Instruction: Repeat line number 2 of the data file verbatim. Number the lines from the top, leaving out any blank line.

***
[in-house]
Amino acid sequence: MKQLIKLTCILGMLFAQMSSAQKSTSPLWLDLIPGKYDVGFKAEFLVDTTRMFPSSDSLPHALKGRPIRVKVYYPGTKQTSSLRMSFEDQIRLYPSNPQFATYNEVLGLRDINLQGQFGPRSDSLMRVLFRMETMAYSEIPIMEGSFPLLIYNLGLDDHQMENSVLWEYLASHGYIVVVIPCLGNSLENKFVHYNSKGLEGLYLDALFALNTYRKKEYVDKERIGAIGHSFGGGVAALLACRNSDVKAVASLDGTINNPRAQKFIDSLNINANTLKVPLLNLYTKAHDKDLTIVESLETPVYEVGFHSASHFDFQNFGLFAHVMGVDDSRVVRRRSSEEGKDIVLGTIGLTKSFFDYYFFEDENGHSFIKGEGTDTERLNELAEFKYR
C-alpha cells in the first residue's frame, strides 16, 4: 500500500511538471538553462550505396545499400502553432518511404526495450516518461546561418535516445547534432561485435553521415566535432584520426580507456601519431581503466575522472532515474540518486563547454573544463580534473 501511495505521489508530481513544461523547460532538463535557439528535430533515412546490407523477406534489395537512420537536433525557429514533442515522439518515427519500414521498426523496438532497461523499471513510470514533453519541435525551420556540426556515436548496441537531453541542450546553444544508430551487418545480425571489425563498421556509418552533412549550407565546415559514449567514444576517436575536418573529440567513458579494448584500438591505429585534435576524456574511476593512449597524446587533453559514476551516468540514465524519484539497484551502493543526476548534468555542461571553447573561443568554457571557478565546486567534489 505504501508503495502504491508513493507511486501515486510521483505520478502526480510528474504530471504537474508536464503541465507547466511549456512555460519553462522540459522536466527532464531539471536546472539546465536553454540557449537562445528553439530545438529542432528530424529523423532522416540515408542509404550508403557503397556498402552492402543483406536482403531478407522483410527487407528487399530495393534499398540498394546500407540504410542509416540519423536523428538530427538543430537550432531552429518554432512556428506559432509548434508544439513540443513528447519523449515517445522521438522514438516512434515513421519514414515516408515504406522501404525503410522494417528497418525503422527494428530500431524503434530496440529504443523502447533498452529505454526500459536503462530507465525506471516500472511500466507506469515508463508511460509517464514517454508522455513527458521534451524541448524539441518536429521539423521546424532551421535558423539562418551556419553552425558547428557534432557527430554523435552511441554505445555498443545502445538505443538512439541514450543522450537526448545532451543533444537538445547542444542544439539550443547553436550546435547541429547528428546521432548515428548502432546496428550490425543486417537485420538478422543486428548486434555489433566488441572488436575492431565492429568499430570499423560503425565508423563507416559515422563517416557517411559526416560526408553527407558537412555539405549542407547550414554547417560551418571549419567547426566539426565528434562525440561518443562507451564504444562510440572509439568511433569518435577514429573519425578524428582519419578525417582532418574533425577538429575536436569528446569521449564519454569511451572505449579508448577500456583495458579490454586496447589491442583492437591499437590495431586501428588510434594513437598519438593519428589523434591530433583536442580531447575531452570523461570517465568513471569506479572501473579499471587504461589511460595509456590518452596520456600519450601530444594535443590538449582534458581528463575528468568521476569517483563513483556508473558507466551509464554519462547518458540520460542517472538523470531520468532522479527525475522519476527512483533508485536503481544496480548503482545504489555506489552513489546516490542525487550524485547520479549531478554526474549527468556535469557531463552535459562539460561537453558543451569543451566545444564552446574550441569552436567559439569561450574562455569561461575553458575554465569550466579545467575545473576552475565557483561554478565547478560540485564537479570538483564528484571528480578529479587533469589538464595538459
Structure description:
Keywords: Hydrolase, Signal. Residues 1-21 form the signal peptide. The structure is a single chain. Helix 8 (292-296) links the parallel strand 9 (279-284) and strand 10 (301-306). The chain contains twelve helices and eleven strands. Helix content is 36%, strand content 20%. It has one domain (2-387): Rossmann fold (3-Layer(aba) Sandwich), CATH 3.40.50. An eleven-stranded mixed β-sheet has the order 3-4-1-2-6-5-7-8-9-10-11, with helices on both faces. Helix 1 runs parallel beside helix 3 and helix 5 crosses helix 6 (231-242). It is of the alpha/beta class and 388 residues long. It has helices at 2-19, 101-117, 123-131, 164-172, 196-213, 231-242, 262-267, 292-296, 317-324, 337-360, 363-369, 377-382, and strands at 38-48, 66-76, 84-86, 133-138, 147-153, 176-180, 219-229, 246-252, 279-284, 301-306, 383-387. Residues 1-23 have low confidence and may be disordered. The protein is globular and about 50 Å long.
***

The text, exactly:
Amino acid sequence: MKQLIKLTCILGMLFAQMSSAQKSTSPLWLDLIPGKYDVGFKAEFLVDTTRMFPSSDSLPHALKGRPIRVKVYYPGTKQTSSLRMSFEDQIRLYPSNPQFATYNEVLGLRDINLQGQFGPRSDSLMRVLFRMETMAYSEIPIMEGSFPLLIYNLGLDDHQMENSVLWEYLASHGYIVVVIPCLGNSLENKFVHYNSKGLEGLYLDALFALNTYRKKEYVDKERIGAIGHSFGGGVAALLACRNSDVKAVASLDGTINNPRAQKFIDSLNINANTLKVPLLNLYTKAHDKDLTIVESLETPVYEVGFHSASHFDFQNFGLFAHVMGVDDSRVVRRRSSEEGKDIVLGTIGLTKSFFDYYFFEDENGHSFIKGEGTDTERLNELAEFKYR